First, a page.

Weekly Links: Ownership and CBA issues; Rob Zombie to make Broad Street Bullies film; Why are NHL teams wary of Russian players?

Welcome to Hockey in Society’s Weekly Links post. This feature highlights articles or blog entries that are related to Hockey in Society’s areas of interest and that may be of interest to the site’s readers.

Hockey Links

  • With the NHL Draft being held this weekend, there was lots of talk about NHL teams’ aversion to drafting Russian players and the possible xenophobic underpinnings of this decision. Damien Cox explores the cultural and business issues affecting the declining numbers of Russians in the NHL in light of the draft and Evgeni Malkin’s recent Hart Trophy win. [The Star]
  • Cam Charron looks at the perceived risk of drafting Russian players in the first round. [Backhand Shelf]
  • Meanwhile, Dominik at Lighthouse Hockey raises lots of interesting questions about judging “work ethic” in 18 year-olds – an issue that contributed to Russian prospect Mikhail Grigorenko slipping over a number of months from being the consensus second pick to being selected 12th overall. [Lighthouse Hockey]
  • Joe Pelletier writes that, unlike when the players were cast as villains in the last NHL labour dispute, the owners will be the villains if this summer’s CBA negotiations do not go smoothly. [Greatest Hockey Legends]
  • Meanwhile Roy MacGregor pessimistically cautions that there may be no NHL season in 2012-13. [Globe and Mail]
  • The New Jersey Devils could, like the Phoenix Coyotes, be bought by the league if the current owner cannot pay back the team’s debt or a new owner cannot be found. [Puck Daddy]
  • Speaking of the Coyotes: Greg Wyshynski also explores whether a referendum by Glendale voters could derail the latest bid to purchase the team. [Puck Daddy]
  • The NHL will not allow Bell and Rogers, co-owners of the Toronto Maple Leafs, to co-purchase the rights to Hockey Night in Canada when they are negotiated next summer. Good news for the CBC and its efforts to hold on to the program. [Globe and Mail]
  • Musician and filmmaker Rob Zombie has announced that he will produce a film about the infamous Philadelphia Flyers teams of the 1970s, AKA the Broad Street Bullies. [Backhand Shelf; IMDB]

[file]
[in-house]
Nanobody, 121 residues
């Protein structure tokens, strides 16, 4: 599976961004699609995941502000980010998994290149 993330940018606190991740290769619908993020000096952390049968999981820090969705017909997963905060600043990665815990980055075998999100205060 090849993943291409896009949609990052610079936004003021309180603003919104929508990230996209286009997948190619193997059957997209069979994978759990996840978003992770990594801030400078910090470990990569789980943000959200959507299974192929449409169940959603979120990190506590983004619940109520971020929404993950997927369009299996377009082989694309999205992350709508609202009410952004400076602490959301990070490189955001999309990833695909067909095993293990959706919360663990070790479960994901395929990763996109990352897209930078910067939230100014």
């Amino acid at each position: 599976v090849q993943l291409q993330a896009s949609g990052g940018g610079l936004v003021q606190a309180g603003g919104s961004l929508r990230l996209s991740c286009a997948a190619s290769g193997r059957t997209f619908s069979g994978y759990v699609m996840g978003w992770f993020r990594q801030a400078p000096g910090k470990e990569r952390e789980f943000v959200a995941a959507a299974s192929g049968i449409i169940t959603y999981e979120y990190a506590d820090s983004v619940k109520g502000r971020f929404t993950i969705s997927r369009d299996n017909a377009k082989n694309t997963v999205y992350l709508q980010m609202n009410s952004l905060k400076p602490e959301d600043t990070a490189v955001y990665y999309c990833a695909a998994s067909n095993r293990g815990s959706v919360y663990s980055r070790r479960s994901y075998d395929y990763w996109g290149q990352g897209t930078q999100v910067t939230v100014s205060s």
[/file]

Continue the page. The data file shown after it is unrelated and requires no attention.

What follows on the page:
• Ken Dryden reflects on the career of Montreal hockey journalist Red Fisher, who recently retired after nearly 60 years. [Globe and Mail]
  • Interesting story on the one year anniversary of the Vancouver Stanley Cup riots: the Museum of Vancouver has a public exhibit displaying the art and messages that Vancouverites drew on the boarded-up windows of stores that were damaged in the rioting. [Puck Daddy]
  • Finally, a good read from Ross Bonader about homophobia in hockey and what it will take for the first openly gay player to come out. [The Hockey Writers]

General Sport Links

  • Courtney Szto discusses the murky area of athlete migration and national identity in an era of elite sport and globalization. [The Rabbit Hole]
  • Jerry Sandusky has been convicted for the many sexual assaults he perpetrated while an assistant football coach at Penn State. [Globe and Mail]
  • Dave Zirin takes journalist Brent Musburger, who infamously slammed Tommie Smith and John Carlos for their civil rights protest at the 1968 Olympics, for never apologizing for his irresponsible and slanderous reportage of the protest. [Edge of Sports]
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About markdavidnorman
Mark is a PhD Candidate at the University of Toronto, where he researches sociocultural issues in sport and physical cultures. He is also a life-long hockey fan, becoming obsessed with the sport at a young age and cheering for the Vancouver Canucks for over two decades. In addition to his work at Hockey in Society, Mark has been active as a fan hockey blogger for over three years. Mark has worked as a Research Assistant at York University (Toronto, ON) and the Centre for Sport Policy Studies at the University of Toronto. He has presented his research at a number of academic conferences, including the Annual Conference for the North American Society for the Sociology of Sport, and been published in the Sociology of Sport Journal.

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